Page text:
March 22, 2018

Last week, work started on a project to construct 1,000 apartments in Geneva. The project known as the Quartier de l’Etang will unfold over an 11 hectare site in Vernier, not far from Geneva airport.
The video above shows the commencement ceremony and a computer animation of the completed project.
The man behind it, Claude Berda, is a French-Swiss billionaire who started out selling jeans in the corridors of Dauphine University.
Berda bought and combined 15 adjacent plots to create a site large enough for the project.
Described as a town within a town, in addition to 1,000 apartments capable of housing 2,500 people, the complex will have 150,000 square metres of commercial space, a clinic and three hotels.
The

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Switzerland’s parliament rejects plan to cut health insurance discounts

March 21, 2018

Switzerland has a system of compulsory health insurance. Residents must choose an insurer and pay. Those who don’t are automatically signed up and sent a bill.
© Auremar | Dreamstime.com – Click to enlarge
Other than shopping around, choosing a policy with an excess, a sum that must be covered out of your own pocket before the insurance kicks in, is one of the few ways to reduce your premium.
Like much insurance in Switzerland, the government sets many of the rules, including the size of these excesses and the maximum premium discount accompanying them.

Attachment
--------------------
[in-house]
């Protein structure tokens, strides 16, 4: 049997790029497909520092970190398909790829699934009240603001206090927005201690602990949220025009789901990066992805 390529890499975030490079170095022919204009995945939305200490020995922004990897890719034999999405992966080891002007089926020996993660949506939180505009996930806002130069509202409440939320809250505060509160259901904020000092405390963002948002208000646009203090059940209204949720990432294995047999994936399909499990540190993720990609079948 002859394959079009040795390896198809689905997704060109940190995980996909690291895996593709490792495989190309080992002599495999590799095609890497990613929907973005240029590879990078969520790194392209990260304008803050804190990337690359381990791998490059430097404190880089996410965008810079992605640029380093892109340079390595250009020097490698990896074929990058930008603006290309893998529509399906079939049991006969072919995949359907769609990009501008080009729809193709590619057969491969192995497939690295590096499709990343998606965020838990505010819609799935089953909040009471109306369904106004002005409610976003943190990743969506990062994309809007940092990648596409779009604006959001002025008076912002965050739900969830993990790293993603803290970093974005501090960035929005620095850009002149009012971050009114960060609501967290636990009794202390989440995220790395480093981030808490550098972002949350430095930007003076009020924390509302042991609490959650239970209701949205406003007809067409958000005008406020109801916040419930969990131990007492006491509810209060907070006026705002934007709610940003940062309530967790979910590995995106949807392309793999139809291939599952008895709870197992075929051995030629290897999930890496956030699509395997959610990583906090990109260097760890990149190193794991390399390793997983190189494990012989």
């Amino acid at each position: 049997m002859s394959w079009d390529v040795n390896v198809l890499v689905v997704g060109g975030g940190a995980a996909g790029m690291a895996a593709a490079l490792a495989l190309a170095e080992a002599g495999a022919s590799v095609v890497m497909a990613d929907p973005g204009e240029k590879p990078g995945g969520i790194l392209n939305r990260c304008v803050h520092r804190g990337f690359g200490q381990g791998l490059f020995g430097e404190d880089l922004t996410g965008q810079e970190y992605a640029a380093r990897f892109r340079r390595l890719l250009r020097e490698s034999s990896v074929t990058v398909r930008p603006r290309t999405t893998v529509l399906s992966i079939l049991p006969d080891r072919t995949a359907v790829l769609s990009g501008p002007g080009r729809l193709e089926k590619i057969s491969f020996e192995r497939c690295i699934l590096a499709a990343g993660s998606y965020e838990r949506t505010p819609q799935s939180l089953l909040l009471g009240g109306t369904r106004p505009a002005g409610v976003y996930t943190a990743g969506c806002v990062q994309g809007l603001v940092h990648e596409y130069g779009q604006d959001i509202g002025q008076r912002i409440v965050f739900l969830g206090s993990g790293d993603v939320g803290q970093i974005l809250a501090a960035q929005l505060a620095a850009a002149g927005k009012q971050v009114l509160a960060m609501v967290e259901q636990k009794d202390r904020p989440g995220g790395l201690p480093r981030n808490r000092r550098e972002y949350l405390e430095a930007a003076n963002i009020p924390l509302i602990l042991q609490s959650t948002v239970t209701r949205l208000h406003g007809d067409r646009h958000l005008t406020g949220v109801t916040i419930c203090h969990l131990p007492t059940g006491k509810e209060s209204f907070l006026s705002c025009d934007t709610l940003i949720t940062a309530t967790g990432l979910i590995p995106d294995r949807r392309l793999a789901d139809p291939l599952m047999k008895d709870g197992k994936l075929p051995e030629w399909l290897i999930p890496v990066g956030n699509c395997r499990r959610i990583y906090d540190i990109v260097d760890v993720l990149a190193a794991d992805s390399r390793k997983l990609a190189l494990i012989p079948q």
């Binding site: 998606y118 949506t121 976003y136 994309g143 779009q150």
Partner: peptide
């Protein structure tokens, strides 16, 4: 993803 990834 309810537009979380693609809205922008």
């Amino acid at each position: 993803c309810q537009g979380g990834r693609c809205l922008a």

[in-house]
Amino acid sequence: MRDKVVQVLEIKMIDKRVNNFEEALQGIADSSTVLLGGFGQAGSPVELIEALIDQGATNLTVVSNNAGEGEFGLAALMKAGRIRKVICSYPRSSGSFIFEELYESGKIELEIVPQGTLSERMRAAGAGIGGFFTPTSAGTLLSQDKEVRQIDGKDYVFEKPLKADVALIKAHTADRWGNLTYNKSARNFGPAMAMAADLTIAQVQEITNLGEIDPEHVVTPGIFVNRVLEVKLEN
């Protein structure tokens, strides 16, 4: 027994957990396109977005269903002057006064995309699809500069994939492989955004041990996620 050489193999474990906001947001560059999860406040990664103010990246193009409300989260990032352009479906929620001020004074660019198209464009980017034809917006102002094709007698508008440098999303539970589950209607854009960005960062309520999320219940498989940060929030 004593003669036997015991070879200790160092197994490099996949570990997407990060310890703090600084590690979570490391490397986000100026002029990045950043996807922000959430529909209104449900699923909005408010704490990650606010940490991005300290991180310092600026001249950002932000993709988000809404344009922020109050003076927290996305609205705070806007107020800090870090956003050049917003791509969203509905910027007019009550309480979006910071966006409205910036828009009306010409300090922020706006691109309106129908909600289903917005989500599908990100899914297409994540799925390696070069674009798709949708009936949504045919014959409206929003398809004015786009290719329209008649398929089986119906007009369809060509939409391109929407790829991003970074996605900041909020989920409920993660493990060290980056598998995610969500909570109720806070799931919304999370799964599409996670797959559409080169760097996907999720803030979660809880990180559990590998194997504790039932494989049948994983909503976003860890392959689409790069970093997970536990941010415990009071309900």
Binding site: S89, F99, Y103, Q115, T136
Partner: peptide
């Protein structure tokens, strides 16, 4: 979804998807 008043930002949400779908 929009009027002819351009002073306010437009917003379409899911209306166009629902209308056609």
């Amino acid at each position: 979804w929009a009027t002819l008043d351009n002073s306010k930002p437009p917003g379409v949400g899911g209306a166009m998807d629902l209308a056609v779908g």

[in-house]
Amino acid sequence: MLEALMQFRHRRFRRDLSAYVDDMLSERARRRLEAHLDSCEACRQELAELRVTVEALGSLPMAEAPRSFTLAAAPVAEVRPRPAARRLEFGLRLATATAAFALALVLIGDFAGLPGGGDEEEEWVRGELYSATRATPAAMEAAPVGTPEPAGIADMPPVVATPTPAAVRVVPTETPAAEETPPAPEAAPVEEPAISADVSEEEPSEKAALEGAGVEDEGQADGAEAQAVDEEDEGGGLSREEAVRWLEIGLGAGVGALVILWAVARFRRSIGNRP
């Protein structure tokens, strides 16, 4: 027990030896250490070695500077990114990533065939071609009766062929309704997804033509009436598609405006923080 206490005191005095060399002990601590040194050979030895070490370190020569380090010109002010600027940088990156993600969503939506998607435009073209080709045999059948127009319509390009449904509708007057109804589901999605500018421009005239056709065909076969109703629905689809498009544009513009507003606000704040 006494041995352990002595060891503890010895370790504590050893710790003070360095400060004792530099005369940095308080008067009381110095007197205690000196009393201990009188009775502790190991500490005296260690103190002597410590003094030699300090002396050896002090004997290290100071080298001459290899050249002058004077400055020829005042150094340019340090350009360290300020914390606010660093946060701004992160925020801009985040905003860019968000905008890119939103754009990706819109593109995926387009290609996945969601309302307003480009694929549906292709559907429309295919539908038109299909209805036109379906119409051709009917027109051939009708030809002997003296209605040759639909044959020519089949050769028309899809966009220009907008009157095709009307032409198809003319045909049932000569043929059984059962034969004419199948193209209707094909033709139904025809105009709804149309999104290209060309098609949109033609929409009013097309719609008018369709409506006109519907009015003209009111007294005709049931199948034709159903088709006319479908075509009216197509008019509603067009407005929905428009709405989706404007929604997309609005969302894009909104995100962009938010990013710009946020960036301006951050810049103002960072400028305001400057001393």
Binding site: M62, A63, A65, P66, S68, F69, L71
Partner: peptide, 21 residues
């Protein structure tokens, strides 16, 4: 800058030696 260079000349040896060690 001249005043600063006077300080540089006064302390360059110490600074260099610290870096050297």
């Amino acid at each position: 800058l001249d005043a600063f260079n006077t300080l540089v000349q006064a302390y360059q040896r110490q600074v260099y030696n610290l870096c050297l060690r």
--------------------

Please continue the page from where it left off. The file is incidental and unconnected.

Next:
Alain Berset, Switzerland’s minister of health, looking for ways to improve health system finances, came up with a plan to reduce the premium discounts for those

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Raising Switzerland’s retirement age – like death and taxes

March 20, 2018

Last week, State Councillor Peter Hegglin (PDC/CVP) withdrew his motion demanding Switzerland’s retirement age automatically rise with life expectancy.
© Famveldman | Dreamstime.com
He argues that Switzerland urgently needs to find a way to ensure the financial health of its pension system and raising the retirement age is the main way to do this.
Across most of the OECD retirement ages have already been raised to 67. In Switzerland it is 65 for men and 64 for women, despite their longer life expectancy.
Hegglin was not asking for retirement at 67 but rather an automatic increase based on life expectancy to avoid endless political discussions on the subject.
A commission looking at Switzerland’s pension challenges came out against Hegglin’s plan because of its inconvenient timing.

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Swiss voters could get to decide on Switzerland’s Winter Olympics bid

March 20, 2018

In October 2017, when Switzerland’s Federal Council announced the government would stand behind Sion’s bid for the 2026 Winter Olympics, it sparked a backlash.
South Korean Winter Olympics 2018_© Zhukovsky _ Dreamstime.com – Click to enlarge
A survey run by Tamedia in February 2018 suggests 59% of the Swiss public are against the bid, according to RTS.
The estimated cost to Swiss taxpayers is close to CHF 1 billion. Other costs, to be borne by the host canton Valais and other cantons, are expected on top of this federal government contribution.
Olympic budgets have a habit of overrunning and some are concerned this bid would be similar. The recent Winter Olympics in Pyeongchang were estimated to cost $3.5 billion –